Previously, in order to detect updates in the database, you would have to send a new query for every update. With observable streams, you "watch" the stream, which means you're passively listening for an event. This allows you to detect changes instantly without unneccessary network calls.
- [Instructor] Let's talk for a minute about database observables. Real-time data. Not too long ago this was impressive, cutting-edge technology. Nowadays it's become standard, expected. But how does this affect databases? Well, before real-time updates, databases were just sitting there holding the data and waiting for a query to come in. When it received a query it would gather up all the data and return results and then go back to waiting. Nowadays, we don't want our databases to sit around passively waiting for a query.
We want our databases to notify us anytime something has changed. And now that this behavior has become standard, we're changing the way we interact with databases. We can still query the database just like we always did, but now we can also listen for updates. This is actually great because not that long ago, if we wanted real-time updates, the only way to achieve that was to keep pinging the database over and over and then look for changes. Now we can just sit back and listen, which really reduces the amount of unnecessary traffic on the network. Just one more thing.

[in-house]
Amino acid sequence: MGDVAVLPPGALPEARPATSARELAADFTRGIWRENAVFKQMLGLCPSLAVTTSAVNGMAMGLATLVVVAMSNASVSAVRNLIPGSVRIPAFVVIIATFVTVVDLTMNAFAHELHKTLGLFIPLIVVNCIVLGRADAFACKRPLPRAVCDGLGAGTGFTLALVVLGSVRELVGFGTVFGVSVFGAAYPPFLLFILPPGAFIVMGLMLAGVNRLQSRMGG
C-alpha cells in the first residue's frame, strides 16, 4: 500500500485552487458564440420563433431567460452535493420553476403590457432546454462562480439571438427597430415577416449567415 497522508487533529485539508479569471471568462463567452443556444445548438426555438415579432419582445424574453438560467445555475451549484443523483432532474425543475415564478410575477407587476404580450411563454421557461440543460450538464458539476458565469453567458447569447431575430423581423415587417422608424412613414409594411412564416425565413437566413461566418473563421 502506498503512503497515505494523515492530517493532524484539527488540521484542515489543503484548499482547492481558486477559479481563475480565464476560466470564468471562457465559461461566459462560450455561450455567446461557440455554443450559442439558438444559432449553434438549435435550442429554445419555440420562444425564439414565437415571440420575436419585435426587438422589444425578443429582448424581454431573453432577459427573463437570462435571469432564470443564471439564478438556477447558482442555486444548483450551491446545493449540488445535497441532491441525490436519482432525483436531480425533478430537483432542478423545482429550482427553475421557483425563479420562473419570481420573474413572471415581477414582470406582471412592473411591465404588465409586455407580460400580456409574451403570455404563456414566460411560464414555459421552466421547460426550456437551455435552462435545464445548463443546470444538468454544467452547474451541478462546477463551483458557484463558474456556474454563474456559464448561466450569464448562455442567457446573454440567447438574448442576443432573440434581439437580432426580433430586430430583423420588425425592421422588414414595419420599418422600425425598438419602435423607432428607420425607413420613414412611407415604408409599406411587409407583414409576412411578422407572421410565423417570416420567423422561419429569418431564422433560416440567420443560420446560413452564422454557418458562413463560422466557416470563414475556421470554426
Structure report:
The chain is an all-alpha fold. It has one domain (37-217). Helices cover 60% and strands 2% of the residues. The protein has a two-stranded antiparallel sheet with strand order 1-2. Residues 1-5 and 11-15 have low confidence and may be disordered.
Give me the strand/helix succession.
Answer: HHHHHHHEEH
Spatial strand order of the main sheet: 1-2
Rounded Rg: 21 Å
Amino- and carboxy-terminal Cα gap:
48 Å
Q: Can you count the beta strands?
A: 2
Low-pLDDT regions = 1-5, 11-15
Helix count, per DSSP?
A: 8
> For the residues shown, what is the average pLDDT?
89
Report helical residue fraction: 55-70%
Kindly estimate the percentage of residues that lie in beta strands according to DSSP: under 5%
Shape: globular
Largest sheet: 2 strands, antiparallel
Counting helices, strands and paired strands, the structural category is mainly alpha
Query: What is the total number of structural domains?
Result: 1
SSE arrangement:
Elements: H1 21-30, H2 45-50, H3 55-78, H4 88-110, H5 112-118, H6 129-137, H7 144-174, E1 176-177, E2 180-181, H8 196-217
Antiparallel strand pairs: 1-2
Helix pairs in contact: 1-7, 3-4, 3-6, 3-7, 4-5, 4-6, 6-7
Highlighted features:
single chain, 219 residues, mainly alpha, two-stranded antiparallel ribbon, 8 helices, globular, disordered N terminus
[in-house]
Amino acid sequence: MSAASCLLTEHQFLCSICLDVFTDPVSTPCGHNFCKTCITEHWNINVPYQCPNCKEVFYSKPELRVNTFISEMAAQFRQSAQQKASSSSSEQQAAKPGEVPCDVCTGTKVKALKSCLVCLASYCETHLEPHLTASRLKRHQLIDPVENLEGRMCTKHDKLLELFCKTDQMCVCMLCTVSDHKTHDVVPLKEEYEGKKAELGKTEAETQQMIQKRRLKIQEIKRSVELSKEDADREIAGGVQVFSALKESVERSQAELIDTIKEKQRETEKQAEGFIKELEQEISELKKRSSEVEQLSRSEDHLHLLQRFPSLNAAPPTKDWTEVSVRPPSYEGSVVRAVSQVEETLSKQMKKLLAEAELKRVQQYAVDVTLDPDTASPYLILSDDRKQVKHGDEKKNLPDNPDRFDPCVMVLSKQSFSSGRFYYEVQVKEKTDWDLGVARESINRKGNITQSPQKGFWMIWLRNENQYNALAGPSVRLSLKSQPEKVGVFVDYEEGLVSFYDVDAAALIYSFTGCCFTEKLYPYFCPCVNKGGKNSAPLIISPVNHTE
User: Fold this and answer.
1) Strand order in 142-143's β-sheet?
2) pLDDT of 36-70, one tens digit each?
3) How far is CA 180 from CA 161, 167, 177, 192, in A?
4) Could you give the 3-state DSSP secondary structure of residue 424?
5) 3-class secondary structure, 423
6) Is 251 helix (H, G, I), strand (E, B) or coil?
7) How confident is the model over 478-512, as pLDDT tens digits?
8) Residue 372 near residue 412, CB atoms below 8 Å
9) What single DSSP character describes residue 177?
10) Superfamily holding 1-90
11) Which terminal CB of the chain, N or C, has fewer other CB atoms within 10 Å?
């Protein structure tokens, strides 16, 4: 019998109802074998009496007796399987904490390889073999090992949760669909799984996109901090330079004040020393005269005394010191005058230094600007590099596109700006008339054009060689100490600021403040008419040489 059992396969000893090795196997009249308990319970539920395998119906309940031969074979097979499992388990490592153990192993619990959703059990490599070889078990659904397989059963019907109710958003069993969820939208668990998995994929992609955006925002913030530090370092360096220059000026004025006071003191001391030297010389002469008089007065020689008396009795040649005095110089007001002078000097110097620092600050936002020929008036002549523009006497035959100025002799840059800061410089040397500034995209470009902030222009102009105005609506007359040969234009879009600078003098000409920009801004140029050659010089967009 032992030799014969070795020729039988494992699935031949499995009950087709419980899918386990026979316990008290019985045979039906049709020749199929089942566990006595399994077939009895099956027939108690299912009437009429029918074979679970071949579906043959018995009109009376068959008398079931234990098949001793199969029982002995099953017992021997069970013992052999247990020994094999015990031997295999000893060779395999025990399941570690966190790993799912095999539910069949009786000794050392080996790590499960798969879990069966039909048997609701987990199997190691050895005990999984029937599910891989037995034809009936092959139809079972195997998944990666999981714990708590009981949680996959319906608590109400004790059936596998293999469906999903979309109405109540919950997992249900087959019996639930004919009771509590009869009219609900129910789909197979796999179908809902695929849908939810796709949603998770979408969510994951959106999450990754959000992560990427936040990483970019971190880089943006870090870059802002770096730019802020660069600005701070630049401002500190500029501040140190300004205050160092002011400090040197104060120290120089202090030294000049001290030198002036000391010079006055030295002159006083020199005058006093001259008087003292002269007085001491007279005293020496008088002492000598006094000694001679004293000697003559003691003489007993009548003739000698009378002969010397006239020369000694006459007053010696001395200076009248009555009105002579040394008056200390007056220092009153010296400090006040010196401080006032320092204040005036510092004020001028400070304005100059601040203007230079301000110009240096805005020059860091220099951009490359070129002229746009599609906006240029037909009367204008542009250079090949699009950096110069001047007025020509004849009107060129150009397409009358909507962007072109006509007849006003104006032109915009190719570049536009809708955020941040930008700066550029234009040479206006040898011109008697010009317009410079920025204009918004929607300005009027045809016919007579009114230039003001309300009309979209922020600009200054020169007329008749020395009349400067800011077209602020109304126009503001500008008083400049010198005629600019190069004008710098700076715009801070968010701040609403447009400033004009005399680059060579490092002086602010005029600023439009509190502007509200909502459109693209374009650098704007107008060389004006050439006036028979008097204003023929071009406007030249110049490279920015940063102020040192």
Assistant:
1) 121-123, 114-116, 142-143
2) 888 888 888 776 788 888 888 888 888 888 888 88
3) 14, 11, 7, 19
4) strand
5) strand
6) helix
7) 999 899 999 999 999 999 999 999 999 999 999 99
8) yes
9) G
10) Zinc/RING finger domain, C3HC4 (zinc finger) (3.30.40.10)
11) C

As technology evolves, we get new buzz words. Now that we're listening for dynamic data, we refer to this as a data stream. According to Wikipedia, a stream is a sequence of data elements made available over time. A stream can be thought of as items on a conveyor belt being processed one at a time rather than in large batches. Remember the marble diagrams we talked about in the last video? Okay, marble diagrams, data streams, same same. Each new update is an event, usually carrying with it some new data also known as a payload.
- Creating observables with rx.observable.create
- Subjects, including behavior and replay subjects
- RxJS operators
- Creating an observable from a UI element